The Sign of Feigned Joyousness

Ordinarily, I’m against the Sign of Peace. Yes. I did just say that.

But Michael! MIIIICHAEL! Are you an old man???

Ha! No. But I do want the Mass to have only that which is appropriate to the Mass and not any inappropriate people-centric occurrences. I’m not entirely against the signum pacis, IF–and this is a big if, since I’ve never seen this be the case–it is handled as the Church desires. How does the Church desire the Sign of Peace be done? For that we can look to Redemptionis Sacramentum, an instruction on the Sacred Liturgy from 2004. Regarding the Sign of Peace, it says the following:

It is appropriate “that each one give the sign of peace only to those who are nearest and in a sober manner”. “The Priest may give the sign of peace to the ministers but always remains within the sanctuary, so as not to disturb the celebration. He does likewise if for a just reason he wishes to extend the sign of peace to some few of the faithful”. “As regards the sign to be exchanged, the manner is to be established by the Conference of Bishops in accordance with the dispositions and customs of the people”, and their acts are subject to the recognitio of the Apostolic See.

Now, my friends, we all know that this is rarely done as specified. It’s not at all uncommon to see priests leaving the altar to shake hands with the congregation, or people moving across the church to give someone a hug, or the multitude of voices that create a large noise with all their acclamations of, “Peace! Peace! Peace be with you! Peace!”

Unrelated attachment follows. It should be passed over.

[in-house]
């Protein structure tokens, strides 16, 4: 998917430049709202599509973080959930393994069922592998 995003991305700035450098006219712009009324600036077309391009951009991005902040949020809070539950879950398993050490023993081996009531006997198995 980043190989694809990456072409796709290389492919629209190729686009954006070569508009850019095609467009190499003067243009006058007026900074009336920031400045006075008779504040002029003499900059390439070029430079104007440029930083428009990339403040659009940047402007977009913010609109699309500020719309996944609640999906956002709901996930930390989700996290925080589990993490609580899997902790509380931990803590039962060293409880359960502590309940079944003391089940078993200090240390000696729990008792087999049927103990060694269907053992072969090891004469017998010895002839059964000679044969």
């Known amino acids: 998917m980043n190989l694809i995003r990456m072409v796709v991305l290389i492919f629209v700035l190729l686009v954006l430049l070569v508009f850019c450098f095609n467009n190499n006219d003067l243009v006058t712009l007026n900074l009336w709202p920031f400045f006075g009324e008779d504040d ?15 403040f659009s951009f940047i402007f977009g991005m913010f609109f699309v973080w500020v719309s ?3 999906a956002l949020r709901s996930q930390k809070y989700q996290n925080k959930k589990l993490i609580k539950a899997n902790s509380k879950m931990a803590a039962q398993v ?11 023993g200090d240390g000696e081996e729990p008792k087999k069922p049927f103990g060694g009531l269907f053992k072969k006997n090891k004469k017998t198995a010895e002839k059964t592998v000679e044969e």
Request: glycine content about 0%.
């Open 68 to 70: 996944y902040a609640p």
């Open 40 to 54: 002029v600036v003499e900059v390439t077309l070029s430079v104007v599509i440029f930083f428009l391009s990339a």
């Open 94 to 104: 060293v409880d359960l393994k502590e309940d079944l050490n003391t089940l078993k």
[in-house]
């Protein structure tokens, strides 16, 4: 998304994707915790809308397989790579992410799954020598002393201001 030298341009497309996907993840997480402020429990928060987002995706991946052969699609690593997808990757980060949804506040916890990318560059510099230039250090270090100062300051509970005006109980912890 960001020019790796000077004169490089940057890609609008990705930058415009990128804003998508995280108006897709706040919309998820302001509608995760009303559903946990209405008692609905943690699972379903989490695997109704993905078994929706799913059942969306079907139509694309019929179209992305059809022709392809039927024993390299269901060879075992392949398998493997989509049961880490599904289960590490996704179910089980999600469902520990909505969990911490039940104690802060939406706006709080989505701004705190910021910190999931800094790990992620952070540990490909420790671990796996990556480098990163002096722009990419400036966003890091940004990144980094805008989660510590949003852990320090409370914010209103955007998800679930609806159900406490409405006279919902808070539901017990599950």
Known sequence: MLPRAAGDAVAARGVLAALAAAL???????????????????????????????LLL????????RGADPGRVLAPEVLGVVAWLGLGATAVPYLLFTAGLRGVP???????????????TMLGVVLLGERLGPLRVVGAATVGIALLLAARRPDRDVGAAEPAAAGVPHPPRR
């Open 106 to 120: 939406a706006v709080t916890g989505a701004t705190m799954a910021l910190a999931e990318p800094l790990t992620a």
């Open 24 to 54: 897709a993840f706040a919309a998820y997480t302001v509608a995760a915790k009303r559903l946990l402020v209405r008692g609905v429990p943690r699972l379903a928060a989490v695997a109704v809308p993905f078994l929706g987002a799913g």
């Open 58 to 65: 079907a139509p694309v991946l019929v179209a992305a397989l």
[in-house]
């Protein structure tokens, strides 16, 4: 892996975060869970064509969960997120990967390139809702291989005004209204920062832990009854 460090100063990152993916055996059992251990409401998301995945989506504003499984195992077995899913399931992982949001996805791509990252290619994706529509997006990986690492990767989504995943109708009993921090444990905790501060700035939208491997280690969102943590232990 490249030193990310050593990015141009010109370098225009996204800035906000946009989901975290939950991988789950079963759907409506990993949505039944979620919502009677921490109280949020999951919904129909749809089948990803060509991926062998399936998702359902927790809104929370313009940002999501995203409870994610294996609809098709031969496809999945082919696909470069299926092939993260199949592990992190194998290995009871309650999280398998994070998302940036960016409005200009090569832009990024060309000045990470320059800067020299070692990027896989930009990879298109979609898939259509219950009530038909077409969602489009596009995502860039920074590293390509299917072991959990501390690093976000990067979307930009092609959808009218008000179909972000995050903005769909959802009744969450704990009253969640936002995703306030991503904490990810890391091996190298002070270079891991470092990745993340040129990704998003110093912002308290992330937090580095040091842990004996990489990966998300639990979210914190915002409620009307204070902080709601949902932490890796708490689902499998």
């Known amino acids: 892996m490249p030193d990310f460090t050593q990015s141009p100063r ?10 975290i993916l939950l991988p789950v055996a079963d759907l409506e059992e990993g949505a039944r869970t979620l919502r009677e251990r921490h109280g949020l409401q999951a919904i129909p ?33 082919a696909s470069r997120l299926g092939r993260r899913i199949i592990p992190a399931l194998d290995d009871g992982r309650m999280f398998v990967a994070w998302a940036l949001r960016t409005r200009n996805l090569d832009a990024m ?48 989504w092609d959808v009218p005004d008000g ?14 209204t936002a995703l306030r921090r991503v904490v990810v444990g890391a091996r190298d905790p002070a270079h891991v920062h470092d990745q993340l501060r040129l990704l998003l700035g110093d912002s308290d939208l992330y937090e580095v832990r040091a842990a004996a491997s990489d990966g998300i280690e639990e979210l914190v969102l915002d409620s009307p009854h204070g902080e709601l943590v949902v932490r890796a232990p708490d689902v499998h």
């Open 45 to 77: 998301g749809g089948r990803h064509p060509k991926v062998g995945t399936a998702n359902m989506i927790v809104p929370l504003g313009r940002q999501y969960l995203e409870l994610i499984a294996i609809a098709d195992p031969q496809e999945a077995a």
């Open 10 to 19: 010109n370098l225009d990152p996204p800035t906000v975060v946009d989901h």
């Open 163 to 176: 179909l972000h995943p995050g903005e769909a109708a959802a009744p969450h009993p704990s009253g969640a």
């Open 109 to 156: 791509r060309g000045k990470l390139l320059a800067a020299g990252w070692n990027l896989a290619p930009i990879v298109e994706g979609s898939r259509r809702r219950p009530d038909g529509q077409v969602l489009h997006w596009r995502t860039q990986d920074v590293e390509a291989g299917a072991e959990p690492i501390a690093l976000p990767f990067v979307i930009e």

Furthermore, I’ve seen many, many people who still continue the Sign of Peace when the Lamb of God is said. That’s a time when we are most certainly supposed to focus on the Lamb of God, not ignore Him for those whom He created.

I’d like to bring up two reasons why the Sign of Peace just isn’t all that good. For those of you who don’t know, it’s an optional practice anyway and it need not be done at all. Therefore, I’m allowed to be against it if I wish.

Reason #1: It is unnecessarily centered on the congregation at a time when the Lord is truly present in the most profound sense

I think it would be one thing if the Sign of Peace were done before the Consecration. Yes, the Mass should be God-centered all throughout, but specifically once the Precious Body and Blood are present on the altar, since it is then that God is not only spiritually, but physically present as well. After the Consecration, the Mass should focus on Jesus and on Jesus only. The Sign of Peace puts a heavy focus on the congregation and often carries over, as I said above, into the Agnus Dei, a moment to and about Jesus, not the congregation. If it could be more restrained, I’d give it a chance. But since most of the time it presents nothing short of chaos, it should be done away with. Unless someone wants to impose the correct rubrics. Thing is, no one does that.

Reason #2: It doesn’t present peace

A lot of folks seem to be under the impression that if the Sign of Peace isn’t done, they’re somehow lacking in love of their neighbor. Is it really likely that a handshake or a smile is going to have such a profound effect on someone? Honestly. You can do that before Mass or after Mass or any other time outside of Mass, and it should not be thought of as an issue on which personal charity stands or falls. In addition, it doesn’t present “peace”. The definition of peace is “free from disturbance; quiet; tranquility”. People bustling around the church loudly wishing peace to each other, who often end up interrupting the Eucharistic celebration itself, do not present peace.